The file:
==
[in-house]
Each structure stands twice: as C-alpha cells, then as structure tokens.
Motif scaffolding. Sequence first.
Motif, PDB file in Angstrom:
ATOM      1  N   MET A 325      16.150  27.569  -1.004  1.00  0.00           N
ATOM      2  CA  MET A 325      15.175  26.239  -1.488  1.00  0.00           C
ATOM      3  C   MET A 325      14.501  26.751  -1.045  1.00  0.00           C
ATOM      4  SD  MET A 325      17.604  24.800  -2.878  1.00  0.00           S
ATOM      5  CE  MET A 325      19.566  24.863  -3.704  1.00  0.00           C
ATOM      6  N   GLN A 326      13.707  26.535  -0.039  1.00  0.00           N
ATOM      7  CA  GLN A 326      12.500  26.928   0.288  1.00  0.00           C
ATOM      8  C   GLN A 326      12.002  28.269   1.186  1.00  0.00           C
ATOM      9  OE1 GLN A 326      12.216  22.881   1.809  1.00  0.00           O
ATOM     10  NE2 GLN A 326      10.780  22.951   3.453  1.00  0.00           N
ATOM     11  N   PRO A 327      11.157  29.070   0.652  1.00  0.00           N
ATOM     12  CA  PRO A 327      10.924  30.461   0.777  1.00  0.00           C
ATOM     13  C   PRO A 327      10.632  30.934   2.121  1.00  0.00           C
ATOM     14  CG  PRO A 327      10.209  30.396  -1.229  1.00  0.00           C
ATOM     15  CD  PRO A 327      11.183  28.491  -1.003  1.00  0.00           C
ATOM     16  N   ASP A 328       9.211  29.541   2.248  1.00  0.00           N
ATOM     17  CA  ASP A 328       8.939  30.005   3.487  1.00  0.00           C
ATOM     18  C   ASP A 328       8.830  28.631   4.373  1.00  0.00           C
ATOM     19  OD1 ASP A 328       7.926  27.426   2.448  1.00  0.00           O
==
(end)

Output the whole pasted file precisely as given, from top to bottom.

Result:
[in-house]
Each structure stands twice: as C-alpha cells, then as structure tokens.
Motif scaffolding. Sequence first.
Motif, PDB file in Angstrom:
ATOM      1  N   MET A 325      16.150  27.569  -1.004  1.00  0.00           N
ATOM      2  CA  MET A 325      15.175  26.239  -1.488  1.00  0.00           C
ATOM      3  C   MET A 325      14.501  26.751  -1.045  1.00  0.00           C
ATOM      4  SD  MET A 325      17.604  24.800  -2.878  1.00  0.00           S
ATOM      5  CE  MET A 325      19.566  24.863  -3.704  1.00  0.00           C
ATOM      6  N   GLN A 326      13.707  26.535  -0.039  1.00  0.00           N
ATOM      7  CA  GLN A 326      12.500  26.928   0.288  1.00  0.00           C
ATOM      8  C   GLN A 326      12.002  28.269   1.186  1.00  0.00           C
ATOM      9  OE1 GLN A 326      12.216  22.881   1.809  1.00  0.00           O
ATOM     10  NE2 GLN A 326      10.780  22.951   3.453  1.00  0.00           N
ATOM     11  N   PRO A 327      11.157  29.070   0.652  1.00  0.00           N
ATOM     12  CA  PRO A 327      10.924  30.461   0.777  1.00  0.00           C
ATOM     13  C   PRO A 327      10.632  30.934   2.121  1.00  0.00           C
ATOM     14  CG  PRO A 327      10.209  30.396  -1.229  1.00  0.00           C
ATOM     15  CD  PRO A 327      11.183  28.491  -1.003  1.00  0.00           C
ATOM     16  N   ASP A 328       9.211  29.541   2.248  1.00  0.00           N
ATOM     17  CA  ASP A 328       8.939  30.005   3.487  1.00  0.00           C
ATOM     18  C   ASP A 328       8.830  28.631   4.373  1.00  0.00           C
ATOM     19  OD1 ASP A 328       7.926  27.426   2.448  1.00  0.00           O